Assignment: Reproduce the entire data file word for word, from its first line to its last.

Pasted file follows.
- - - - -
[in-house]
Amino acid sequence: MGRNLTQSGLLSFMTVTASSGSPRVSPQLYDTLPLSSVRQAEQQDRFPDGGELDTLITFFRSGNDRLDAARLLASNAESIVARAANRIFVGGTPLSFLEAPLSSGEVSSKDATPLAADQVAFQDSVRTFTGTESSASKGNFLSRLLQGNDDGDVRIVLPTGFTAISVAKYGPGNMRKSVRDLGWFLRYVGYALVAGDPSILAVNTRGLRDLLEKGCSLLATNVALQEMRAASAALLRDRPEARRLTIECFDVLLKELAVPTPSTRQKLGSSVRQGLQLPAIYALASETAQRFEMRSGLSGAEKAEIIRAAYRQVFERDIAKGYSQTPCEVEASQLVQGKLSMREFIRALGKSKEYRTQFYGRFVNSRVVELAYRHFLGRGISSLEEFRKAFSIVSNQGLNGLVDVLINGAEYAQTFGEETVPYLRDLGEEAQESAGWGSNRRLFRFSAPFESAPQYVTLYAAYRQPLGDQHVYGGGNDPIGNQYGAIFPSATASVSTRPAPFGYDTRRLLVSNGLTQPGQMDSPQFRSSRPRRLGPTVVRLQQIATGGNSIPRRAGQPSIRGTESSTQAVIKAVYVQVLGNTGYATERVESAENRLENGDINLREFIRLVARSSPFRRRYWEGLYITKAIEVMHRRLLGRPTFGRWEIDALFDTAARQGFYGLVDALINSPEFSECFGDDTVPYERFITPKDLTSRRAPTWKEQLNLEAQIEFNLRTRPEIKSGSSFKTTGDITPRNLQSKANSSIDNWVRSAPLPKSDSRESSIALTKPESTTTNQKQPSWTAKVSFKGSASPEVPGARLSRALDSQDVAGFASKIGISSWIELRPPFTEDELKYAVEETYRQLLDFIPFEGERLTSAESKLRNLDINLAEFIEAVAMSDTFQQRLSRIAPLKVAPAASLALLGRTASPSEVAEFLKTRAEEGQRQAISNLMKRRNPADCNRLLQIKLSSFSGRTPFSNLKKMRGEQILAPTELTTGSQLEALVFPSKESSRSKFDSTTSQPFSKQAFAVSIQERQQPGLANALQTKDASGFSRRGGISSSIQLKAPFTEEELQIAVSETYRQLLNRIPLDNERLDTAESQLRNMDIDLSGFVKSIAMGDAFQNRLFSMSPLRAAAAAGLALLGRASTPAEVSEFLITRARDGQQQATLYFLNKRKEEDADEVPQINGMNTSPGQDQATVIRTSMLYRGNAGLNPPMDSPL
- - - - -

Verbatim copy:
[in-house]
Amino acid sequence: MGRNLTQSGLLSFMTVTASSGSPRVSPQLYDTLPLSSVRQAEQQDRFPDGGELDTLITFFRSGNDRLDAARLLASNAESIVARAANRIFVGGTPLSFLEAPLSSGEVSSKDATPLAADQVAFQDSVRTFTGTESSASKGNFLSRLLQGNDDGDVRIVLPTGFTAISVAKYGPGNMRKSVRDLGWFLRYVGYALVAGDPSILAVNTRGLRDLLEKGCSLLATNVALQEMRAASAALLRDRPEARRLTIECFDVLLKELAVPTPSTRQKLGSSVRQGLQLPAIYALASETAQRFEMRSGLSGAEKAEIIRAAYRQVFERDIAKGYSQTPCEVEASQLVQGKLSMREFIRALGKSKEYRTQFYGRFVNSRVVELAYRHFLGRGISSLEEFRKAFSIVSNQGLNGLVDVLINGAEYAQTFGEETVPYLRDLGEEAQESAGWGSNRRLFRFSAPFESAPQYVTLYAAYRQPLGDQHVYGGGNDPIGNQYGAIFPSATASVSTRPAPFGYDTRRLLVSNGLTQPGQMDSPQFRSSRPRRLGPTVVRLQQIATGGNSIPRRAGQPSIRGTESSTQAVIKAVYVQVLGNTGYATERVESAENRLENGDINLREFIRLVARSSPFRRRYWEGLYITKAIEVMHRRLLGRPTFGRWEIDALFDTAARQGFYGLVDALINSPEFSECFGDDTVPYERFITPKDLTSRRAPTWKEQLNLEAQIEFNLRTRPEIKSGSSFKTTGDITPRNLQSKANSSIDNWVRSAPLPKSDSRESSIALTKPESTTTNQKQPSWTAKVSFKGSASPEVPGARLSRALDSQDVAGFASKIGISSWIELRPPFTEDELKYAVEETYRQLLDFIPFEGERLTSAESKLRNLDINLAEFIEAVAMSDTFQQRLSRIAPLKVAPAASLALLGRTASPSEVAEFLKTRAEEGQRQAISNLMKRRNPADCNRLLQIKLSSFSGRTPFSNLKKMRGEQILAPTELTTGSQLEALVFPSKESSRSKFDSTTSQPFSKQAFAVSIQERQQPGLANALQTKDASGFSRRGGISSSIQLKAPFTEEELQIAVSETYRQLLNRIPLDNERLDTAESQLRNMDIDLSGFVKSIAMGDAFQNRLFSMSPLRAAAAAGLALLGRASTPAEVSEFLITRARDGQQQATLYFLNKRKEEDADEVPQINGMNTSPGQDQATVIRTSMLYRGNAGLNPPMDSPL